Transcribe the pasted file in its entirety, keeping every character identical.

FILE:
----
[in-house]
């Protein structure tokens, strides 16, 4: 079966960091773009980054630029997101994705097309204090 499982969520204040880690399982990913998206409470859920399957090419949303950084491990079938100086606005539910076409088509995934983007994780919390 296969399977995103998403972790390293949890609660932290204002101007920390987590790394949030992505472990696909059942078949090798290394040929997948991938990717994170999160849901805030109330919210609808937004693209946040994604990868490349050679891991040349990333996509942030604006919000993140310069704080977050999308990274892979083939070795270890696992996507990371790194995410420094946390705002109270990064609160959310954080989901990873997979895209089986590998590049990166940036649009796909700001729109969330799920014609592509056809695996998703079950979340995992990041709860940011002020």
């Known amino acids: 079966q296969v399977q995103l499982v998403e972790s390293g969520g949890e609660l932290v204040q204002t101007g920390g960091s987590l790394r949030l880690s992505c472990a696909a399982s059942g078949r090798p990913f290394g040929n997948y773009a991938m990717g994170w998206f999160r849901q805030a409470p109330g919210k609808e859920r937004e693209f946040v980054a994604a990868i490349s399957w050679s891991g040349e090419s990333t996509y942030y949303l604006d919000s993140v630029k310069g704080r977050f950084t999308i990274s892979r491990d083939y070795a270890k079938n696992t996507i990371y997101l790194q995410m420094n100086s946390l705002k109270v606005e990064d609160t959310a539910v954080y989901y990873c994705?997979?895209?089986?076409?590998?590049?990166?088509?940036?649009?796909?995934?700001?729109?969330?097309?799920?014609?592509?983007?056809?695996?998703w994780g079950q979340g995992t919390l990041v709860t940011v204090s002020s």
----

[in-house]
């Protein structure tokens, strides 16, 4: 079966960091773009980054630029997101994705097309204090 499982969520204040880690399982990913998206409470859920399957090419949303950084491990079938100086606005539910076409088509995934983007994780919390 296969399977995103998403972790390293949890609660932290204002101007920390987590790394949030992505472990696909059942078949090798290394040929997948991938990717994170999160849901805030109330919210609808937004693209946040994604990868490349050679891991040349990333996509942030604006919000993140310069704080977050999308990274892979083939070795270890696992996507990371790194995410420094946390705002109270990064609160959310954080989901990873997979895209089986590998590049990166940036649009796909700001729109969330799920014609592509056809695996998703079950979340995992990041709860940011002020």
């Known amino acids: 079966q296969v399977q995103l499982v998403e972790s390293g969520g949890e609660l932290v204040q204002t101007g920390g960091s987590l790394r949030l880690s992505c472990a696909a399982s059942g078949r090798p990913f290394g040929n997948y773009a991938m990717g994170w998206f999160r849901q805030a409470p109330g919210k609808e859920r937004e693209f946040v980054a994604a990868i490349s399957w050679s891991g040349e090419s990333t996509y942030y949303l604006d919000s993140v630029k310069g704080r977050f950084t999308i990274s892979r491990d083939y070795a270890k079938n696992t996507i990371y997101l790194q995410m420094n100086s946390l705002k109270v606005e990064d609160t959310a539910v954080y989901y990873c994705?997979?895209?089986?076409?590998?590049?990166?088509?940036?649009?796909?995934?700001?729109?969330?097309?799920?014609?592509?983007?056809?695996?998703w994780g079950q979340g995992t919390l990041v709860t940011v204090s002020s």